Real Estate

The Official Mortgage Rates Thread

Newbie
Jul 21, 2018
16 posts
4 upvotes
Hi everyone. Forgive me asking this (newbie here).

Since there are similar offers among most of the decent people on this board, what is being distinguished between all of the offers available in general?
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Sep 13, 2011
5056 posts
1796 upvotes
Toronto
Explode wrote: I'm looking to refinance my mortgage for a recently purchased home. We recently renewed our mortgage in Oct 2018 for 3 year fixed term with CIBC. We weren't planning on moving but something came up and we have recently bought a new home in March and have a firm offer on our existing home. Our current closing date is June 14.

Current mortgage amount: Estimated ~134K by closing
Maturity Date: Oct 2021
Interest Rate: 3.24% Fixed
Remaining Amortization 7 years.
Approximate market value: 660K Sale Price
Purchase Price of new home: 840K
Required Mortgage: Estimated ~220-230K

Original purchase date (month and year): Sept 2013 (TD)
Did you pay an insurance premium such as CMHC when you purchased the home?: No
Did you refinance your mortgage since you owned your home? If so, what was the year and month when you did the refinance?: Yes, Oct 2018 (CIBC)
Do you have a second component such as a HELOC attached to your mortgage?: Yes, 45K
Current lender: CIBC
Is this your primary residence or a rental property?: Primary Residence
Province: Ontario
Maturity date: Oct 2021
Thanks for providing the info! Lowest 5 year fixed in your situation would be 2.84% at the moment.
Paul Meredith
Mortgage Broker, Author
CityCan Financial Corp (lic. 10532)
Newbie
Apr 10, 2019
1 posts
Long time lurker, first time poster. Would those rates mentioned below apply to my situation?

Purchase Date: June 2014
Purchase Price: $830,000 Concord, ONT
Current estimated value: $1.1 - $1.15 M
No CMHC insurance
No HELOC attached
Never refinanced
Current bank: CIBC
Remaining balance: approximately $330,000
Excellent credit
PaulMeredith wrote: Yes, for down payment of 20% - 34.99%. For down payment greater than 35% lowest rate would be 2.84%. Note that purchase price must be under $1 million and maximum amortization is 25 years (this is the case for most of the lowest rate options. This rate is also available for those with a renewal coming up as well. If you have a renewal, property value must be under $1 million OR you purchased your property prior to November 30th, 2019.
Deal Fanatic
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Sep 13, 2011
5056 posts
1796 upvotes
Toronto
theblues wrote: Hi everyone. Forgive me asking this (newbie here).

Since there are similar offers among most of the decent people on this board, what is being distinguished between all of the offers available in general?
Most of the rates we quote are all from the same lenders. The lenders can sometimes vary, depending on who is offering the lower promo. This changes all the time. Sometimes the lowest rates are available with multiple lenders. Here are some common restrictions found with some mortgages, and with which lenders:

- Lack of bridge Financing (Industrial Alliance).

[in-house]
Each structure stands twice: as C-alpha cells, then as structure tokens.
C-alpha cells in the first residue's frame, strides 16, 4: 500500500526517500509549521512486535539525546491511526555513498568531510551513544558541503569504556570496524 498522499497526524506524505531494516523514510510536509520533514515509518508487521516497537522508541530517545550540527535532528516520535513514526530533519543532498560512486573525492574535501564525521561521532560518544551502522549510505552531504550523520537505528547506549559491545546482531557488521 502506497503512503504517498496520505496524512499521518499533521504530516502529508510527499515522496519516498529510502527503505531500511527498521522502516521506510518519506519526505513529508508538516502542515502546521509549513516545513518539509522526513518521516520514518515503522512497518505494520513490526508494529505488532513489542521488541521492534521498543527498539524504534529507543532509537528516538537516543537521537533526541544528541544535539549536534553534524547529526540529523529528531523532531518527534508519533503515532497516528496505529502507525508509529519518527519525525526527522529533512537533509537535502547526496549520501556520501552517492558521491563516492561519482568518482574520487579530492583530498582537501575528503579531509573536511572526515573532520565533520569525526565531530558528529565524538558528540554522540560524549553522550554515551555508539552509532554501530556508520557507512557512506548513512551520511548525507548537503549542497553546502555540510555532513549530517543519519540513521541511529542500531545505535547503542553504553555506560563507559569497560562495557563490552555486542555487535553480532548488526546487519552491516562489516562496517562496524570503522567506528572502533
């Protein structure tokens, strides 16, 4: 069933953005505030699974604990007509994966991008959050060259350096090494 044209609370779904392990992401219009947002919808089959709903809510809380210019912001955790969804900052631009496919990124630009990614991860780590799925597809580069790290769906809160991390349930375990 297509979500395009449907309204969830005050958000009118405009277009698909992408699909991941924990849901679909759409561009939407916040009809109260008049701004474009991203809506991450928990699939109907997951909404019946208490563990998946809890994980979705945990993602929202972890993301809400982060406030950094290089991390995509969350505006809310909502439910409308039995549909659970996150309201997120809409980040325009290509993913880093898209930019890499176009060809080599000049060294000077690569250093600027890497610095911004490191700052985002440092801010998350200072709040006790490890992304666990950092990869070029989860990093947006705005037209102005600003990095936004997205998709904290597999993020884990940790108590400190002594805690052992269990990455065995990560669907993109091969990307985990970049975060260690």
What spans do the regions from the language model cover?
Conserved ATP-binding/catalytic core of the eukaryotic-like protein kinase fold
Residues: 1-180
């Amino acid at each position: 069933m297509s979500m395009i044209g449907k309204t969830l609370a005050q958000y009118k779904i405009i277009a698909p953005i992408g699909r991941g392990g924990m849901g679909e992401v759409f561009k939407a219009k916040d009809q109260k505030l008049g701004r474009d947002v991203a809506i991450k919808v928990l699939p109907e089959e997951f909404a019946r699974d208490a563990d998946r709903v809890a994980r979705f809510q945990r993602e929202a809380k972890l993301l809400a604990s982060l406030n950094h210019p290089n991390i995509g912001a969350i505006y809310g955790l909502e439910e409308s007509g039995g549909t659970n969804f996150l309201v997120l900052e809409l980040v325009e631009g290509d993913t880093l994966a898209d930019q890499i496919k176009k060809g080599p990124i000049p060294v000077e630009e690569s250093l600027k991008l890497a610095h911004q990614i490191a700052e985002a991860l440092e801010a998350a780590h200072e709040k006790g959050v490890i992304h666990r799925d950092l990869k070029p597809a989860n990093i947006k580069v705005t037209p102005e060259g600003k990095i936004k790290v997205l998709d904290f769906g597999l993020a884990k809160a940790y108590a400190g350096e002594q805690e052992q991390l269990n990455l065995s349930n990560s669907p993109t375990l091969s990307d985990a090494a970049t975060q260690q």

- Fully closed mortgages where you can only break the mortgage early if you can sell your home (some products with MCAP, CMLS and BMO).

- Higher than normal penalties to break the mortgage early (Industrial Alliance, and some products with Merix and RMG. Plus, all of the big banks on fixed rate mortgages (penalties to break a mortgage with the big banks can be as much as 500% higher than most non-bank lenders).

- Limited prepayment privileges (Industrial Alliance, RBC, and some products with BMO)

- Higher than industry prime rate (TD and Investors Group).

- Collateral mortgages (TD, Tangerine, National Bank, and HSBC. Plus, a mortgage from any lender that contains a HELOC or second component of any kind).

- Variable rate mortgage that is compounded monthly as opposed to semi-annually (Merix, CMLS, TD, RBC, BMO, CIBC, National Bank).

The above covers just about everything. Aside from that, most mortgages are fairly similar.

Hope you find this helpful :)
Paul Meredith
Mortgage Broker, Author
CityCan Financial Corp (lic. 10532)
Newbie
Mar 27, 2016
10 posts
4 upvotes
I have a question regarding the determination between owner occupied vs rental for mortgage rates. I bought a condo in another city to be used by a family member as they have moved there. Does this still count as owner occupied?
Deal Fanatic
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Sep 13, 2011
5056 posts
1796 upvotes
Toronto
SteveC123472 wrote: I have a question regarding the determination between owner occupied vs rental for mortgage rates. I bought a condo in another city to be used by a family member as they have moved there. Does this still count as owner occupied?
If it's a family member living in the property then it could be considered a 2nd home, and therefore you should be able to get lowest rates. :)
Paul Meredith
Mortgage Broker, Author
CityCan Financial Corp (lic. 10532)
Deal Fanatic
User avatar
Feb 2, 2014
7356 posts
1861 upvotes
Toronto
Explode wrote: I'm looking to refinance my mortgage for a recently purchased home. We recently renewed our mortgage in Oct 2018 for 3 year fixed term with CIBC. We weren't planning on moving but something came up and we have recently bought a new home in March and have a firm offer on our existing home. Our current closing date is June 14.

Current mortgage amount: Estimated ~134K by closing
Maturity Date: Oct 2021
Interest Rate: 3.24% Fixed
Remaining Amortization 7 years.
Approximate market value: 660K Sale Price
Purchase Price of new home: 840K
Required Mortgage: Estimated ~220-230K

Original purchase date (month and year): Sept 2013 (TD)
Did you pay an insurance premium such as CMHC when you purchased the home?: No
Did you refinance your mortgage since you owned your home? If so, what was the year and month when you did the refinance?: Yes, Oct 2018 (CIBC)
Do you have a second component such as a HELOC attached to your mortgage?: Yes, 45K
Current lender: CIBC
Is this your primary residence or a rental property?: Primary Residence
Province: Ontario
Maturity date: Oct 2021
I'm confused by your post.

Are you looking to refinance your current home (as stated) or get a mortgage for a home that you are purchasing?
Kevin Somnauth, CFA
Principal Broker - First Toronto Mortgage - MA (Ontario #13176, BC #X301007)
Real Estate Salesperson - Century 21 Innovative
President's Club Award Winner At The Mortgage Architects
Deal Fanatic
User avatar
Feb 2, 2014
7356 posts
1861 upvotes
Toronto
newtothisrfd wrote: Long time lurker, first time poster. Would those rates mentioned below apply to my situation?

Purchase Date: June 2014
Purchase Price: $830,000 Concord, ONT
Current estimated value: $1.1 - $1.15 M
No CMHC insurance
No HELOC attached
Never refinanced
Current bank: CIBC